Tragic Twist

Four Patients Die After Experimental Gene Therapy

The company behind the treatment will "remain committed to" its development.

Sep 15 / Tony Tran
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Image by Getty

A fourth patient in a clinical trial for an experimental gene therapy died last week — highlighting that alongside the immense promise of the nascent field, there also come grisly risks.

The patient was a young boy who developed liver abnormalities after being treated in a drug trial called ASPIRO from Astellas Pharma, according to BioPharma Dive. Tragically, that makes him the fourth to die over the course of the study of a gene therapy treatment for X-linked myotubular myopathy, a fatal neuromuscular disorder.

The trial was initially halted after the first three deaths that occurred last year before the Food and Drug Administration allowed it to continue in December 2020. However, the study was paused again in September 2021 when the boy began showing signs of abnormal liver function.

BioPharma Dive reports that the other three patients who died also showed liver abnormalities after being treated with higher doses of the drug. This eventually culminated in liver failure for all the patients. Two died of sepsis, while the other died of gastrointestinal bleeding.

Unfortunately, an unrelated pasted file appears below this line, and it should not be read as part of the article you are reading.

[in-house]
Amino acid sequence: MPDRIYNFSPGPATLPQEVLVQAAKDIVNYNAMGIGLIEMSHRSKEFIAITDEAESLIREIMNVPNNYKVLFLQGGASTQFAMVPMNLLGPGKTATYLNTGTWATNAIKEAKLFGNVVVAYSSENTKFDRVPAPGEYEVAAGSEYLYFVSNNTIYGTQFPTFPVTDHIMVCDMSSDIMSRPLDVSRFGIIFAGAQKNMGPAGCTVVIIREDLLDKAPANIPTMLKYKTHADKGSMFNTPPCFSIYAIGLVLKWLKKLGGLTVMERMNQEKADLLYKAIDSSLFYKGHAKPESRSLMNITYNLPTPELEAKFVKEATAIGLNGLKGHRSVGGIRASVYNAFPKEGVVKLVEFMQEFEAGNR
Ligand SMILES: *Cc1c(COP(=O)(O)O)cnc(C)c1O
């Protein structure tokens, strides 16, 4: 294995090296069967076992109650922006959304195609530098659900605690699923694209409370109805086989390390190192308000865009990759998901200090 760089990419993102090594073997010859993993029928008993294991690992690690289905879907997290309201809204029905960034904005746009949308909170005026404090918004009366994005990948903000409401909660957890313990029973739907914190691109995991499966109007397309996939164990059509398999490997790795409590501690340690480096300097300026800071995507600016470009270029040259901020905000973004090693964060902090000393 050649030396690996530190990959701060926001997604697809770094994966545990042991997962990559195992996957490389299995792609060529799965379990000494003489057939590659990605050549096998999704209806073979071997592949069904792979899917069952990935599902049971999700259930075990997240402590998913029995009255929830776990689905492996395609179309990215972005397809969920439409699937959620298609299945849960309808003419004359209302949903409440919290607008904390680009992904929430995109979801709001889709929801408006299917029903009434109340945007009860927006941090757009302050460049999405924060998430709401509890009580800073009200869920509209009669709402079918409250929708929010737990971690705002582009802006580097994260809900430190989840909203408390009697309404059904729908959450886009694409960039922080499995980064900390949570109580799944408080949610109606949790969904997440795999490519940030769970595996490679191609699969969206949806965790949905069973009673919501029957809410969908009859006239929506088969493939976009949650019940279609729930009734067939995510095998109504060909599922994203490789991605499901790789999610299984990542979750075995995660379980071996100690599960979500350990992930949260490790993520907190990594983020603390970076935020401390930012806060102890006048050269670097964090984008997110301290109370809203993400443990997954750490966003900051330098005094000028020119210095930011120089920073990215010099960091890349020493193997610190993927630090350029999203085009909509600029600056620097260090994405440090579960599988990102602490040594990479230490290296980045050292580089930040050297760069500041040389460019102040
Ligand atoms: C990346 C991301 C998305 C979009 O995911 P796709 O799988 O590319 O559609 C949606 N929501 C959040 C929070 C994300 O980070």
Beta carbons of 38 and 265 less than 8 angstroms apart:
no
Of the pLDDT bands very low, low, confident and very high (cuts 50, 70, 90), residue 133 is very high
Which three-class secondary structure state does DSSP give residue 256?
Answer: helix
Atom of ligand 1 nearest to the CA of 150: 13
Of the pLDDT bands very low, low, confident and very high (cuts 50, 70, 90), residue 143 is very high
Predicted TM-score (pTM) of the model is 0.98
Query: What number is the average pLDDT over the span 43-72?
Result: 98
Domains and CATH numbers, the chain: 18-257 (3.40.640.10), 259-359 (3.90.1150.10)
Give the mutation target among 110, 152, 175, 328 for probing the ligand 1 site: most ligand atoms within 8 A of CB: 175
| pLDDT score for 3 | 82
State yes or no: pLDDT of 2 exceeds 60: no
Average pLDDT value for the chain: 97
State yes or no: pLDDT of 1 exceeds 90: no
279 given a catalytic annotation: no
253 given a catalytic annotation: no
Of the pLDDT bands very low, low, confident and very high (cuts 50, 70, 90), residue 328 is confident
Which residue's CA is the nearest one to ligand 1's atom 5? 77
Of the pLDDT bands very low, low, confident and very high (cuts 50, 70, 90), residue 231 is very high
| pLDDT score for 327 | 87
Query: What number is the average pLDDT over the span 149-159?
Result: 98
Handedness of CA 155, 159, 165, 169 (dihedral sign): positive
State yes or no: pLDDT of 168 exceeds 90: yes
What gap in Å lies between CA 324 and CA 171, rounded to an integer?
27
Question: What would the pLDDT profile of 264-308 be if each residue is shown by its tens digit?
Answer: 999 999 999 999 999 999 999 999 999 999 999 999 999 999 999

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“We will investigate and review all findings with our independent data monitoring committee, our expert liver advisory panel and the ASPIRO site investigators,” said Nathan Bachtell, head of gene therapy, medical and development at Astellas, in a statement from the company. He added that the Astellas researchers “remain committed to the development” of the treatment. 

The deaths are a tragic reminder of the potential dangers experimental drugs pose — and why careful scientists need to be when moving to human trials. 

“This is clearly a call to action for the field,” Nicole Paulk, an assistant professor of biochemistry and biophysics at the University of California, San Francisco, told BioPharma Dive. “We all need to start looking at the clinical data we already have, but also to set up preclinical modeling in mice or non-human primates and try to figure it out.” 


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